Five common gene variants identify elevated genetic risk for coronary heart disease

Lance A. Bare, Alanna C. Morrison, Charles M. Rowland, Dov Shiffman, May M. Luke, Olga A. Iakoubova, John P. Kane, Mary J. Malloy, Stephen G. Ellis, James S. Pankow, James T. Willerson, James J. Devlin, Eric Boerwinkle

Research output: Contribution to journalArticlepeer-review

74 Scopus citations

Abstract

PURPOSE: Because multiple genetic variants influence risk for coronary heart disease, we combined multiple variants that had been associated with coronary heart disease in several studies into a genetic risk score and asked whether a high genetic risk score would be significantly associated with coronary heart disease after accounting for traditional risk factors. METHODS: We considered five variants that were associated with coronary heart disease in two studies and confirmed in the Atherosclerosis Risk in Communities study: rs20455 (KIF6), rs3900940 (MYH15), rs7439293 (PALLD), rs2298566 (SNX19), and rs1010 (VAMP8). We calculated a genetic risk score for each Atherosclerosis Risk in Communities study participant and estimated the hazard ratio for incident coronary heart disease of a high genetic risk score (compared with not-high) in Cox models that adjusted for traditional risk factors during a median of 13 years of follow-up. RESULTS: For white participants with a high genetic risk score (4% of the 9129 whites), compared with those without a high genetic risk score, the hazard ratio for incident coronary heart disease was 1.57 (95% confidence interval 1.21-2.04; P = 0.001). Internal validation using bootstrap samples estimated that a hazard ratio of 1.43 could be expected in external populations. CONCLUSIONS: After adjusting for traditional risk factors, those with a high genetic risk score had a 57% increased risk of incident coronary heart disease in the Atherosclerosis Risk in Communities study.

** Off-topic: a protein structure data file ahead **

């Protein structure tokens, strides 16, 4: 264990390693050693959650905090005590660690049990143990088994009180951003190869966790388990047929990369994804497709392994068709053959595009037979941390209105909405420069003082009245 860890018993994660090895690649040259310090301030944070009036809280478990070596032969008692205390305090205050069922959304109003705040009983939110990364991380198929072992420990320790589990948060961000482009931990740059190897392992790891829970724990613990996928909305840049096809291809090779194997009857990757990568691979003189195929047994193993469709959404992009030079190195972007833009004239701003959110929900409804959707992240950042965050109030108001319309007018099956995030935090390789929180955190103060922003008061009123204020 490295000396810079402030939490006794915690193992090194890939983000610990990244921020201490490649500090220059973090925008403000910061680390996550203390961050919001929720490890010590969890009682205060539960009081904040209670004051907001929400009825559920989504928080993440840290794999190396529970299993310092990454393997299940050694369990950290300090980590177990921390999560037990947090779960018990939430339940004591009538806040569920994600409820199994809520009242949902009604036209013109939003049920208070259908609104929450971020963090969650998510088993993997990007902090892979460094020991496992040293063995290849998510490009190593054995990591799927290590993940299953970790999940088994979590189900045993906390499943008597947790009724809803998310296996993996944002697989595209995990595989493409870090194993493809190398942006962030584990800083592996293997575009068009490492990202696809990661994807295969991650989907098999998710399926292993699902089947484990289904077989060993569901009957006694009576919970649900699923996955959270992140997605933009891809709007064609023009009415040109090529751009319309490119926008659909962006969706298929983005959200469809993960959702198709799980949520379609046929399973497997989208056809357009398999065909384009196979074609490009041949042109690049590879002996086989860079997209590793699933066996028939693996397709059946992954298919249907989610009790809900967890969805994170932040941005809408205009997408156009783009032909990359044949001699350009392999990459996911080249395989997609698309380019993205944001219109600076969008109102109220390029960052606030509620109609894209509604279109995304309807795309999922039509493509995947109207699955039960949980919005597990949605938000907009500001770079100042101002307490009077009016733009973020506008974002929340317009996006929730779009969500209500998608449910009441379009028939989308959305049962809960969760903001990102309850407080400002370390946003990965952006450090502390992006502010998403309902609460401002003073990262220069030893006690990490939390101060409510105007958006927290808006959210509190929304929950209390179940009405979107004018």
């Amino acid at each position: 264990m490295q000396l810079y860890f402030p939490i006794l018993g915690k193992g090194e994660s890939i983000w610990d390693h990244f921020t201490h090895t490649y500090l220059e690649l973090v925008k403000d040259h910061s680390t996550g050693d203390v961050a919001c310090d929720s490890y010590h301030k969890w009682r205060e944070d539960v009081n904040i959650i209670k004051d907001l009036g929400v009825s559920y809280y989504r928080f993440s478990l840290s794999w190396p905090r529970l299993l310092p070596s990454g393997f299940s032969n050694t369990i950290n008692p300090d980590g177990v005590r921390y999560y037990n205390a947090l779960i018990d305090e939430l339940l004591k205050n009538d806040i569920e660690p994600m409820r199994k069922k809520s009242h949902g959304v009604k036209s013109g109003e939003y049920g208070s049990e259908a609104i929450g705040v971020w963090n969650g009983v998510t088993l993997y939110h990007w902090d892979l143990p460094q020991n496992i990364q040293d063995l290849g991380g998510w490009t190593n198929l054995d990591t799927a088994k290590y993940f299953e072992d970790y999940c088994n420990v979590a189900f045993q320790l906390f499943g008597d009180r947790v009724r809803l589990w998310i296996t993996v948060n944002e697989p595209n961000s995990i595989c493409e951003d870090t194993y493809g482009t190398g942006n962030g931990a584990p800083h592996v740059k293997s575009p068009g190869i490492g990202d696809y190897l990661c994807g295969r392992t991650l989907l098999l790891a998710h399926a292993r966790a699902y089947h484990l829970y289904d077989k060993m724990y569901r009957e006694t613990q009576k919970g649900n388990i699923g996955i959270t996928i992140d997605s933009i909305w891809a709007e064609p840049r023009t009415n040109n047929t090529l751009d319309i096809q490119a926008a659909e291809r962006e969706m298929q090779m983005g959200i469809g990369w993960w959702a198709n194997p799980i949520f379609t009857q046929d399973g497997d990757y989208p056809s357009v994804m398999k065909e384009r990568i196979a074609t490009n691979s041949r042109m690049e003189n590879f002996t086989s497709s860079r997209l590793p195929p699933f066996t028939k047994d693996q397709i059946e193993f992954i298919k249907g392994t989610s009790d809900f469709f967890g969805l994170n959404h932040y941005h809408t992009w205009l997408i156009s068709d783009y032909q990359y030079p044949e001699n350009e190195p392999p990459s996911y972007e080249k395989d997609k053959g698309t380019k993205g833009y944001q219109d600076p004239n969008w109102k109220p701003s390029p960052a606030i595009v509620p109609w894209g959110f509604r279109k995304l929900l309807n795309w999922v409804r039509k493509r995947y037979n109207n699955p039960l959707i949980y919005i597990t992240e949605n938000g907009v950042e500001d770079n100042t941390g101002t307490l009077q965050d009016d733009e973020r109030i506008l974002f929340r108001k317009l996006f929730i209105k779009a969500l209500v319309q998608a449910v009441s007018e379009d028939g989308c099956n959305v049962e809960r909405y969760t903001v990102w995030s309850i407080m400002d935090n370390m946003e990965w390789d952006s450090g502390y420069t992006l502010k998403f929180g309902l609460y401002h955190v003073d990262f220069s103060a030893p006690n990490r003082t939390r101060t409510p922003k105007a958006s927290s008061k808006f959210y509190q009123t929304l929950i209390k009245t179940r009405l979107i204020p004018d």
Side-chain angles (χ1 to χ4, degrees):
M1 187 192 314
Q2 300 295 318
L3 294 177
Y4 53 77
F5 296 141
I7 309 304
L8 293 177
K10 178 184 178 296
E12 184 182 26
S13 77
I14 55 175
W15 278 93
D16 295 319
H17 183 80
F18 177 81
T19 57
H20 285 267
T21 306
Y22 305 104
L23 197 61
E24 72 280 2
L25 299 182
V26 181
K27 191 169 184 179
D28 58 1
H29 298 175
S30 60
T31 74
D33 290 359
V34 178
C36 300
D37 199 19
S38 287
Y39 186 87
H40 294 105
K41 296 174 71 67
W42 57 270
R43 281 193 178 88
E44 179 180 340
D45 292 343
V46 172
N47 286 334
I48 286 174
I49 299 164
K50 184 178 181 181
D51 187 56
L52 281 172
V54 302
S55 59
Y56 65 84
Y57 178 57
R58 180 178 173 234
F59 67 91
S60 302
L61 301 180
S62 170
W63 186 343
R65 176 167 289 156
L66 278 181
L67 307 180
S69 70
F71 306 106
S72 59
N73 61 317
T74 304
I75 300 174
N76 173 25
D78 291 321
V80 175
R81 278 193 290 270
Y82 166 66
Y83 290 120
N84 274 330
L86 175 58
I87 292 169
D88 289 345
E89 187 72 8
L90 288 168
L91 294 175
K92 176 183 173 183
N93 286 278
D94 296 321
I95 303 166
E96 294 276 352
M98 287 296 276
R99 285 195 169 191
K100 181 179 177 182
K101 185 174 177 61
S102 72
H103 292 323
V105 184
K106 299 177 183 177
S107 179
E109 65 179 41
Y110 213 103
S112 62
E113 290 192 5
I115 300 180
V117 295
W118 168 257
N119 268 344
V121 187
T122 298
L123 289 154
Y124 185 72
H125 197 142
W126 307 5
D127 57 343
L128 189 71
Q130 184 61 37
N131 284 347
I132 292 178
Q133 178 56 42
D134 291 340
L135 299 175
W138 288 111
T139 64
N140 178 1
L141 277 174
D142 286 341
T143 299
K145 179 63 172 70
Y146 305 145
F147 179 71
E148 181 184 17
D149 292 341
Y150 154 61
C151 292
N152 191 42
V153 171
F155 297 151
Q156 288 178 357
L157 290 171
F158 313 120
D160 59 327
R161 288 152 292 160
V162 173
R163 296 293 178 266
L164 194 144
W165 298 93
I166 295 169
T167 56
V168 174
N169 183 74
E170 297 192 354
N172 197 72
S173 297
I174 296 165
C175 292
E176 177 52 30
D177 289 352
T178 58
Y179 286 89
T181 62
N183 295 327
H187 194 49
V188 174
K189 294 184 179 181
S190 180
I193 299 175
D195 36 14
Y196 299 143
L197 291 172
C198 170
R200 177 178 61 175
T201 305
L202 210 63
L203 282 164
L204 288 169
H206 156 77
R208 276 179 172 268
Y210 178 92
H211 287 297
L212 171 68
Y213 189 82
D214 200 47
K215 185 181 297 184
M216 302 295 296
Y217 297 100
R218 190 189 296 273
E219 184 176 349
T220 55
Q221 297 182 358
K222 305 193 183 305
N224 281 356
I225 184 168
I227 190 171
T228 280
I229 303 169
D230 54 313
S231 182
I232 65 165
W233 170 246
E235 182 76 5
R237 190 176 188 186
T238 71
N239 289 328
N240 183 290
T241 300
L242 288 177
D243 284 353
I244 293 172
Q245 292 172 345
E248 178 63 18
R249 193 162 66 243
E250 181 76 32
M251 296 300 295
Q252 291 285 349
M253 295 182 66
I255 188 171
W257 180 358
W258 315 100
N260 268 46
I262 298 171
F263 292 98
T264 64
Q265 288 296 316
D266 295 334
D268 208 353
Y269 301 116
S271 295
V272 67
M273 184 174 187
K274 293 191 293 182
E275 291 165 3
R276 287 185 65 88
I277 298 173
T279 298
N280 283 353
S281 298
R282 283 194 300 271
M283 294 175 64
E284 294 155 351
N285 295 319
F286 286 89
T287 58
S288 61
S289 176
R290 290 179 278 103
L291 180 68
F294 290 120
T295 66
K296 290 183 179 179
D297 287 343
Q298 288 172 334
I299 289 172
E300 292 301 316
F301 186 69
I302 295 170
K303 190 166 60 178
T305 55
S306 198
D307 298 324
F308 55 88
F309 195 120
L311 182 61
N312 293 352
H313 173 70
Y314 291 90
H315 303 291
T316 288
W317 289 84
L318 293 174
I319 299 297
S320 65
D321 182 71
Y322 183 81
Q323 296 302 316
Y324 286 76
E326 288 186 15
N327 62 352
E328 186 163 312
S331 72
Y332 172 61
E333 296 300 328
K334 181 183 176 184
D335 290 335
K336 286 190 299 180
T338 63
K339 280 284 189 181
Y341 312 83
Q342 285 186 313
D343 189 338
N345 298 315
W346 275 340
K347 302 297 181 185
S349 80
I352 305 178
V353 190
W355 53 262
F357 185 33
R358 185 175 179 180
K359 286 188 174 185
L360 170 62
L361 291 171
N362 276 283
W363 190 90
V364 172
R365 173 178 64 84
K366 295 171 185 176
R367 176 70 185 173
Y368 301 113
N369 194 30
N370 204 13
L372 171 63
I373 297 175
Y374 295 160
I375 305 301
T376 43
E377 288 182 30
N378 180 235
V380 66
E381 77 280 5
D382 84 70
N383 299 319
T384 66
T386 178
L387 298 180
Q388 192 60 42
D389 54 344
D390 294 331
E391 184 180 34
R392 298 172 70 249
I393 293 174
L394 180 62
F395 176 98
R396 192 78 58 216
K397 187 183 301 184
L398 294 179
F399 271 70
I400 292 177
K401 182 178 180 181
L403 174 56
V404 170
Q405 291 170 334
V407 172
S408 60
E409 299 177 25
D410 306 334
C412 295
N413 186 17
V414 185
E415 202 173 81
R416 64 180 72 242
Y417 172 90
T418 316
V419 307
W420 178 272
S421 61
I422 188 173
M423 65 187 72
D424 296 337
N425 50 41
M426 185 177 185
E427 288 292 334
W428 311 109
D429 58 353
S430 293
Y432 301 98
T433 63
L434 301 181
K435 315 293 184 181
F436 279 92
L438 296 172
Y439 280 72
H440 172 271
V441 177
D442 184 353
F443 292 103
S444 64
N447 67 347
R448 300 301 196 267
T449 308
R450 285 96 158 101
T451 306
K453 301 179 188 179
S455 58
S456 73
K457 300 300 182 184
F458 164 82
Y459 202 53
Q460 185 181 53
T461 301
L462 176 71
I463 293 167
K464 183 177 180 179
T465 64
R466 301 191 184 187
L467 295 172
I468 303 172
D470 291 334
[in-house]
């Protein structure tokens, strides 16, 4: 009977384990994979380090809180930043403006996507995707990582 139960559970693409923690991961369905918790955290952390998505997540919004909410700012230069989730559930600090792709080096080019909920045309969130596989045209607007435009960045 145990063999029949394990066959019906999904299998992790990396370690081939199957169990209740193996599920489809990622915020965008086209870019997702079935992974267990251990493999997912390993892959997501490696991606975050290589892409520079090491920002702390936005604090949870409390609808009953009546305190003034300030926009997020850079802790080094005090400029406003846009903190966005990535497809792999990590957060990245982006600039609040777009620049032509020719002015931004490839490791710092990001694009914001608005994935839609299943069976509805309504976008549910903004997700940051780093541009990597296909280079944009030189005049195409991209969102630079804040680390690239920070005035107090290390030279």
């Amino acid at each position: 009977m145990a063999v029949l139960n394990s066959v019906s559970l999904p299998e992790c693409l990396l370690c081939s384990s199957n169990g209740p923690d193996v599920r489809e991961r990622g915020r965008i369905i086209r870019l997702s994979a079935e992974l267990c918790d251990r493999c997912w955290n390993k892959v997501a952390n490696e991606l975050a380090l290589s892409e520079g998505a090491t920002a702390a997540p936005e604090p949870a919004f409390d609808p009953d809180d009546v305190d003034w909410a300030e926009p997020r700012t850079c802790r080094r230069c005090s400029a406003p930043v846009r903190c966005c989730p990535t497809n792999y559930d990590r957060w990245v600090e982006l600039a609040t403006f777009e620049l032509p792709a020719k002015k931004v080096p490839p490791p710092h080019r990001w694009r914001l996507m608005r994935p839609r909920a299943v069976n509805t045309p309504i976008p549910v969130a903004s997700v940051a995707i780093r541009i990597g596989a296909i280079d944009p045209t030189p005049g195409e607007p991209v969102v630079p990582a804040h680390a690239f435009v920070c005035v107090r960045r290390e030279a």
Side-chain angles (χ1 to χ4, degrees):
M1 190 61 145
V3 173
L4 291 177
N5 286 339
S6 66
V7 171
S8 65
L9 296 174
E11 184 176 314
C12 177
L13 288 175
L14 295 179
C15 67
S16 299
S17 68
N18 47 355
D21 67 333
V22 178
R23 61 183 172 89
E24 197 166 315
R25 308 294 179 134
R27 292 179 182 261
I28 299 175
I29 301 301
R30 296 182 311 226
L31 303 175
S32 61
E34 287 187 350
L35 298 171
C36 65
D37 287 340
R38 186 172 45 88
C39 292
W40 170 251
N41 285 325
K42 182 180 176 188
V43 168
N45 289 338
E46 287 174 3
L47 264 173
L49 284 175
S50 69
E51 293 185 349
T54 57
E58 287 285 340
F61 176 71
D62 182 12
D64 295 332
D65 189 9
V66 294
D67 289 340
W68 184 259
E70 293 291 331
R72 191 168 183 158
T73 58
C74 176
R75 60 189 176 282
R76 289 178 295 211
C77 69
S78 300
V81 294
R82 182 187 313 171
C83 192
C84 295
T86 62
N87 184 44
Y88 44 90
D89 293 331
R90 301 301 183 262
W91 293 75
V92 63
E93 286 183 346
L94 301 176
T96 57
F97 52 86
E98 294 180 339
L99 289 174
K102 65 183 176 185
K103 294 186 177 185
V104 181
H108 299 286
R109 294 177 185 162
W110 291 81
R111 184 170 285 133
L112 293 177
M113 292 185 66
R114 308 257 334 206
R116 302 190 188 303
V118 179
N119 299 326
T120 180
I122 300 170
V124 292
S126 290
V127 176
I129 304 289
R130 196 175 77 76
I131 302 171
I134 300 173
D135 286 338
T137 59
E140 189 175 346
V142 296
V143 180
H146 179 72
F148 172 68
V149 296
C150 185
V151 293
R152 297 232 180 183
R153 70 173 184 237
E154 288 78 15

Original languageEnglish (US)
Pages (from-to)682-689
Number of pages8
JournalGenetics in Medicine
Volume9
Issue number10
DOIs
StatePublished - Oct 2007

Keywords

  • Atherosclerosis Risk in Communities study
  • Complex disease
  • Coronary heart disease
  • Genetic risk score
  • Single nucleotide polymorphism
  • Variant

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